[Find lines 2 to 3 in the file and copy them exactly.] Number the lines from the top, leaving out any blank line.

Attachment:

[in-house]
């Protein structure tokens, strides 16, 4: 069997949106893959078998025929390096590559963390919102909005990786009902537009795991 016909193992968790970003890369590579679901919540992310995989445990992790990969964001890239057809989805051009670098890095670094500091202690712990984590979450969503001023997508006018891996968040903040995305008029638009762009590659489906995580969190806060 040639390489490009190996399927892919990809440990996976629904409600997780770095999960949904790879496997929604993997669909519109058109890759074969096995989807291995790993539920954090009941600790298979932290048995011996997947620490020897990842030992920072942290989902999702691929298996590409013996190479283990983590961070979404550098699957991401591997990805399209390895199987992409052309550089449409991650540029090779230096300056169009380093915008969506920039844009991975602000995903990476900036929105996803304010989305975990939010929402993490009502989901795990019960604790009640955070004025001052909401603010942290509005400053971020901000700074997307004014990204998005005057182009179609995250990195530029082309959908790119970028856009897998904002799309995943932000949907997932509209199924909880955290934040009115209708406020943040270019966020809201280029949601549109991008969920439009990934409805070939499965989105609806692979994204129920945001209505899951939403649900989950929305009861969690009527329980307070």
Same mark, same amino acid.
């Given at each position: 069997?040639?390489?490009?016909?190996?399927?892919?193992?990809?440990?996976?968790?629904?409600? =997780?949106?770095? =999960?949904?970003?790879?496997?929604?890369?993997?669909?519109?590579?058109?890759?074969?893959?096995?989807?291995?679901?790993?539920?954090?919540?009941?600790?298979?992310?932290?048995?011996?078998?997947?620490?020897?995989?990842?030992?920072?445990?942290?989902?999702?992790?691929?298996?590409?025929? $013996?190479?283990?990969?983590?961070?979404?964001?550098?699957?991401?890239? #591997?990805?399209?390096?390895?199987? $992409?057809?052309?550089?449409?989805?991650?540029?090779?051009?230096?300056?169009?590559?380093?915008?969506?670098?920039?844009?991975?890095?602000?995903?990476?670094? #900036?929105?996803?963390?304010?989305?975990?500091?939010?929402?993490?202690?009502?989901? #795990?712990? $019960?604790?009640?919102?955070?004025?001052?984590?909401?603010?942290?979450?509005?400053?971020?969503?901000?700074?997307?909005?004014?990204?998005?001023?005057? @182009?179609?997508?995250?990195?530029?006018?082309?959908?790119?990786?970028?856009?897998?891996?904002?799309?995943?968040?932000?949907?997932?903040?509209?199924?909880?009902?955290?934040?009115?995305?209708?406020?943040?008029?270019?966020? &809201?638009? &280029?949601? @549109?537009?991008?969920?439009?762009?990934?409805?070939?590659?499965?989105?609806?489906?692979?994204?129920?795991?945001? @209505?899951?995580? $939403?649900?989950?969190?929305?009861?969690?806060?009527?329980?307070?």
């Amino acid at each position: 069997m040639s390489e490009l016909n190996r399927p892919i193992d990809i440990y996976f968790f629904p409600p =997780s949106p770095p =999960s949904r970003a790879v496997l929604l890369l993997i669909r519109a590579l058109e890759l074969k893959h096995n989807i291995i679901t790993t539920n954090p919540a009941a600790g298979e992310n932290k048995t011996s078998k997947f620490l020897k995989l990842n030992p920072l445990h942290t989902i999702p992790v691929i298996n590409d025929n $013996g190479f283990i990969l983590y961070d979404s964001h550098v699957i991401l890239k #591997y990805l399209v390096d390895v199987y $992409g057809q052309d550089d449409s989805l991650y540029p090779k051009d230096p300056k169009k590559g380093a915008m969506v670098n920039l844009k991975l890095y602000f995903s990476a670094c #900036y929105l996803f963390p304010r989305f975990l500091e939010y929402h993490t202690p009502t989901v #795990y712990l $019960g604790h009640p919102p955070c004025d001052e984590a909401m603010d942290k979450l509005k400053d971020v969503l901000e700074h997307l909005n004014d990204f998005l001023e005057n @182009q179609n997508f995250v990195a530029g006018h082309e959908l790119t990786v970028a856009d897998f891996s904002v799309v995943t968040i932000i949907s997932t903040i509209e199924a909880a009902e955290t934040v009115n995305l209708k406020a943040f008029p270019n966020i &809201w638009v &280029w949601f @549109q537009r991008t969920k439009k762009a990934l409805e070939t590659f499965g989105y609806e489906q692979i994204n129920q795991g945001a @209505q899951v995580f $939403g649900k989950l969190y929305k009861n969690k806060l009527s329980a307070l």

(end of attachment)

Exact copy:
């Protein structure tokens, strides 16, 4: 069997949106893959078998025929390096590559963390919102909005990786009902537009795991 016909193992968790970003890369590579679901919540992310995989445990992790990969964001890239057809989805051009670098890095670094500091202690712990984590979450969503001023997508006018891996968040903040995305008029638009762009590659489906995580969190806060 040639390489490009190996399927892919990809440990996976629904409600997780770095999960949904790879496997929604993997669909519109058109890759074969096995989807291995790993539920954090009941600790298979932290048995011996997947620490020897990842030992920072942290989902999702691929298996590409013996190479283990983590961070979404550098699957991401591997990805399209390895199987992409052309550089449409991650540029090779230096300056169009380093915008969506920039844009991975602000995903990476900036929105996803304010989305975990939010929402993490009502989901795990019960604790009640955070004025001052909401603010942290509005400053971020901000700074997307004014990204998005005057182009179609995250990195530029082309959908790119970028856009897998904002799309995943932000949907997932509209199924909880955290934040009115209708406020943040270019966020809201280029949601549109991008969920439009990934409805070939499965989105609806692979994204129920945001209505899951939403649900989950929305009861969690009527329980307070």
Same mark, same amino acid.